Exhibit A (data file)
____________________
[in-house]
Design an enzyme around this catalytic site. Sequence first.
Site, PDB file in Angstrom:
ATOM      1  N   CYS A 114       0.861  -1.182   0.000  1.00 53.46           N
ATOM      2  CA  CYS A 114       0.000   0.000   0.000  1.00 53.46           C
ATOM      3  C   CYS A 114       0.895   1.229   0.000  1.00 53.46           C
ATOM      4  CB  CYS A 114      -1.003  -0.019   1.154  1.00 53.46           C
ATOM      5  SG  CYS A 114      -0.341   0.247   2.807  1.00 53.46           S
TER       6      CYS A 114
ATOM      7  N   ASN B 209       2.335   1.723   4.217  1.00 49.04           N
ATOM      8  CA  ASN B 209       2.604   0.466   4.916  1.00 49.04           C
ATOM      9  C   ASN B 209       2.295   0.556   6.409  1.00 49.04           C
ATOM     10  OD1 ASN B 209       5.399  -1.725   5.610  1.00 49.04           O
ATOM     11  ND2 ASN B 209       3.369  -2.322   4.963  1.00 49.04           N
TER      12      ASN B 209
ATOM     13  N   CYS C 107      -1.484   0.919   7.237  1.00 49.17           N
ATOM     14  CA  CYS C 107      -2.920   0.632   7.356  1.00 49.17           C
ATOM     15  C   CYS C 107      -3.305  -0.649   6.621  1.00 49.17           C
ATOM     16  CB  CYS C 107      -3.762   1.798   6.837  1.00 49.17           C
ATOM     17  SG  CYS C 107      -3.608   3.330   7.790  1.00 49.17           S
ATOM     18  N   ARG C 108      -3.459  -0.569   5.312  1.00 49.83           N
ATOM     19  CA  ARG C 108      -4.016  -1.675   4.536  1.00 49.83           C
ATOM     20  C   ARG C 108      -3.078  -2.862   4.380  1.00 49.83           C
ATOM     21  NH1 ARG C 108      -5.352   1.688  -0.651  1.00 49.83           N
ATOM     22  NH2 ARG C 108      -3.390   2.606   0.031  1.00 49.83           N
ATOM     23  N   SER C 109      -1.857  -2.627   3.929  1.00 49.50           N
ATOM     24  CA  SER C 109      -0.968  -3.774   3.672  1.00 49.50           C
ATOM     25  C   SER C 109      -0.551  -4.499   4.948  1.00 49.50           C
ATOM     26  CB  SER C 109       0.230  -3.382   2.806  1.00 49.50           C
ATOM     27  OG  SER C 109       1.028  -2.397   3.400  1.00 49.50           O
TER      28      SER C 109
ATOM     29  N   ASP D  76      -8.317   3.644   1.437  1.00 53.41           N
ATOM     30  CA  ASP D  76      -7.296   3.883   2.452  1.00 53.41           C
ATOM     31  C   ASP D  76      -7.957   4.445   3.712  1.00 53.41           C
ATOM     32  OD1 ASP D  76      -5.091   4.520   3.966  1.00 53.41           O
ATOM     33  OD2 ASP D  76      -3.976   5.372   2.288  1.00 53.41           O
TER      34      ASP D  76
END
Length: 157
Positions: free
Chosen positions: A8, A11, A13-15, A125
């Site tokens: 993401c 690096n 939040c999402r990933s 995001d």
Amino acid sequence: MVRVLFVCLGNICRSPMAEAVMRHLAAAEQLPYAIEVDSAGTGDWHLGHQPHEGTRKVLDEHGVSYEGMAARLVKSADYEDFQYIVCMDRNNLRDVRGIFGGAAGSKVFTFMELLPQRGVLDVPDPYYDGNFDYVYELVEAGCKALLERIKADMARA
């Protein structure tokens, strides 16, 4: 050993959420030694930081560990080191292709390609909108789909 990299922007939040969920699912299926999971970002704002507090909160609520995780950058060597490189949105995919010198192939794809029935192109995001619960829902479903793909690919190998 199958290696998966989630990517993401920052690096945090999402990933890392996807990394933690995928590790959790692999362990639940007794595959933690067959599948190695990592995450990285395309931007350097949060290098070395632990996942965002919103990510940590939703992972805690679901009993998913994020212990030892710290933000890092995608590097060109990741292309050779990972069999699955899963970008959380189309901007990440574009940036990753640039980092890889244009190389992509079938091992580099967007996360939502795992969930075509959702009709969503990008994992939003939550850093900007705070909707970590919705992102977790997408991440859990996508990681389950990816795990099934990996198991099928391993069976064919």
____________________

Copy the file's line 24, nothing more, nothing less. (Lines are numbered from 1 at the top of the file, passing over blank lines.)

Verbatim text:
ATOM     21  NH1 ARG C 108      -5.352   1.688  -0.651  1.00 49.83           N